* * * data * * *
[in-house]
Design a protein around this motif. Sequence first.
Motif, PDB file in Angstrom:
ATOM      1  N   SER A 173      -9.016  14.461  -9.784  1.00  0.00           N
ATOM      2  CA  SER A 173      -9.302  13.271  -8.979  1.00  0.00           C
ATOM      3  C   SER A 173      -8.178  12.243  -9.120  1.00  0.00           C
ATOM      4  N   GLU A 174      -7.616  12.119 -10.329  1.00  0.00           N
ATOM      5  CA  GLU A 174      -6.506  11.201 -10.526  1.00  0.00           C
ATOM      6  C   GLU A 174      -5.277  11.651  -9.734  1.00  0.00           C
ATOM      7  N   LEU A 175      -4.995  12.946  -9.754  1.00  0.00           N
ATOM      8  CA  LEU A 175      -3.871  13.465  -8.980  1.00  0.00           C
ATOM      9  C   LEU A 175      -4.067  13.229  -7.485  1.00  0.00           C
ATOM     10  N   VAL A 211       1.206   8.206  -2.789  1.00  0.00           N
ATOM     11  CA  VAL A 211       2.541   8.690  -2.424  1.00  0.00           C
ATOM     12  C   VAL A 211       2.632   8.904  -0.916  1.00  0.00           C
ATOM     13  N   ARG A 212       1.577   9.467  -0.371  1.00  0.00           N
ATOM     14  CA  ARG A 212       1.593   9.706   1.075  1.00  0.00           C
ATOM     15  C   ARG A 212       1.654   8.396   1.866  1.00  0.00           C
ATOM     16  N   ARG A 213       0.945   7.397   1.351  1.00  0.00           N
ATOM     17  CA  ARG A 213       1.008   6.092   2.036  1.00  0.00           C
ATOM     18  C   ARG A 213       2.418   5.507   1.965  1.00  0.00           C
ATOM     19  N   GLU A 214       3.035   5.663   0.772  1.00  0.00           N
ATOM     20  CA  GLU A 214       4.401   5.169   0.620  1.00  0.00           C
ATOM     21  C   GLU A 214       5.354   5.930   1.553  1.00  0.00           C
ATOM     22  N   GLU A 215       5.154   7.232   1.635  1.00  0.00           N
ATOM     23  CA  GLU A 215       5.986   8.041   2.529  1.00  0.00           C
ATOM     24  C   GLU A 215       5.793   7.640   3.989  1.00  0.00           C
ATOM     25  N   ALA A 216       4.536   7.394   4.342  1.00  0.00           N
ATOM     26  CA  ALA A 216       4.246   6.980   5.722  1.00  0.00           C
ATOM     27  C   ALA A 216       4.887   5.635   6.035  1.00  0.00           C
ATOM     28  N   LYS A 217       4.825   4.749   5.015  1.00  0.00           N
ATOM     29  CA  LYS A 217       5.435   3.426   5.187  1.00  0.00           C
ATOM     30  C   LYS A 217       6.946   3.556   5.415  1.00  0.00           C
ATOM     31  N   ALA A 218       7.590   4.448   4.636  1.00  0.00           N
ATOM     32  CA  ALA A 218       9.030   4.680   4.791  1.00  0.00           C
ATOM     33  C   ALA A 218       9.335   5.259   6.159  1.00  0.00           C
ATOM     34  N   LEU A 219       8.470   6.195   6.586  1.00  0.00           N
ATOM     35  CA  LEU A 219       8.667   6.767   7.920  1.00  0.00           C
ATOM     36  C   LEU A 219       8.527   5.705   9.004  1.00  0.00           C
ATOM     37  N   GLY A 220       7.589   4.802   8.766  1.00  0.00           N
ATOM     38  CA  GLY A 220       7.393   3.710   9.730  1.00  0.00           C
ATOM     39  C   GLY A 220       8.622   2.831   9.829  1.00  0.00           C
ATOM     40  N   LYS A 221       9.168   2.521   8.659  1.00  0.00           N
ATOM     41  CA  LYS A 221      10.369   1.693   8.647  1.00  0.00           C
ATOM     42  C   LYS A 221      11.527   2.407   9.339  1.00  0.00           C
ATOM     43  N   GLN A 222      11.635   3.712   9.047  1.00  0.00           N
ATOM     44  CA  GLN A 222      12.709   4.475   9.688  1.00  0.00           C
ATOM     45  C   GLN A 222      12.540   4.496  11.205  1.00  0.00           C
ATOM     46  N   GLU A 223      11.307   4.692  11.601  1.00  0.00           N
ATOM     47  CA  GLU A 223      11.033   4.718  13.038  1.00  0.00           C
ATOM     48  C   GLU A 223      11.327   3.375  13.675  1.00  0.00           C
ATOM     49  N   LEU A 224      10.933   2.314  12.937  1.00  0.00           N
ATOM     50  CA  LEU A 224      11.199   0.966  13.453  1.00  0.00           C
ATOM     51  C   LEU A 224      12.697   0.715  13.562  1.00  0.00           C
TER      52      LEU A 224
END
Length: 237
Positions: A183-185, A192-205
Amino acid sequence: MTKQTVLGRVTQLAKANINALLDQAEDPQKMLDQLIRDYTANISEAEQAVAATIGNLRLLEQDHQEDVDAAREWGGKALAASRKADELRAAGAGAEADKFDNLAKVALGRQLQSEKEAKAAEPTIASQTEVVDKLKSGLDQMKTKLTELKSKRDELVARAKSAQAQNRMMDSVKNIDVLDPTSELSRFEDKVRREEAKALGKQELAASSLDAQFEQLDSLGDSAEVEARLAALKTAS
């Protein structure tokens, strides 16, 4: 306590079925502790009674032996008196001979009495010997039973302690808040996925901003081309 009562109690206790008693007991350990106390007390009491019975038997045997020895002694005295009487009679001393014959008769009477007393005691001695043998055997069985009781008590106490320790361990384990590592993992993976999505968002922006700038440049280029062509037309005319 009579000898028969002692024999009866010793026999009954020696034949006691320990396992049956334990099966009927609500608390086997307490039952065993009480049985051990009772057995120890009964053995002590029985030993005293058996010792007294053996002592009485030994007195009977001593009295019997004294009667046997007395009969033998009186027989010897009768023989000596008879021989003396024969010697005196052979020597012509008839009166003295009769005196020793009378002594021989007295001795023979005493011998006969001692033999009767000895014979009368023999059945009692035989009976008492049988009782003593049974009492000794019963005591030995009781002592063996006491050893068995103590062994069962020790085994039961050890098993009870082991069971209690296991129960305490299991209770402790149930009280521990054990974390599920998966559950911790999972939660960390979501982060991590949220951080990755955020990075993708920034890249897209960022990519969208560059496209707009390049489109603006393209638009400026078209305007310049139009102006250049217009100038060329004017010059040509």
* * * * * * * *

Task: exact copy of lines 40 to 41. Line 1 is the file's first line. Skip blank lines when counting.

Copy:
ATOM     37  N   GLY A 220       7.589   4.802   8.766  1.00  0.00           N
ATOM     38  CA  GLY A 220       7.393   3.710   9.730  1.00  0.00           C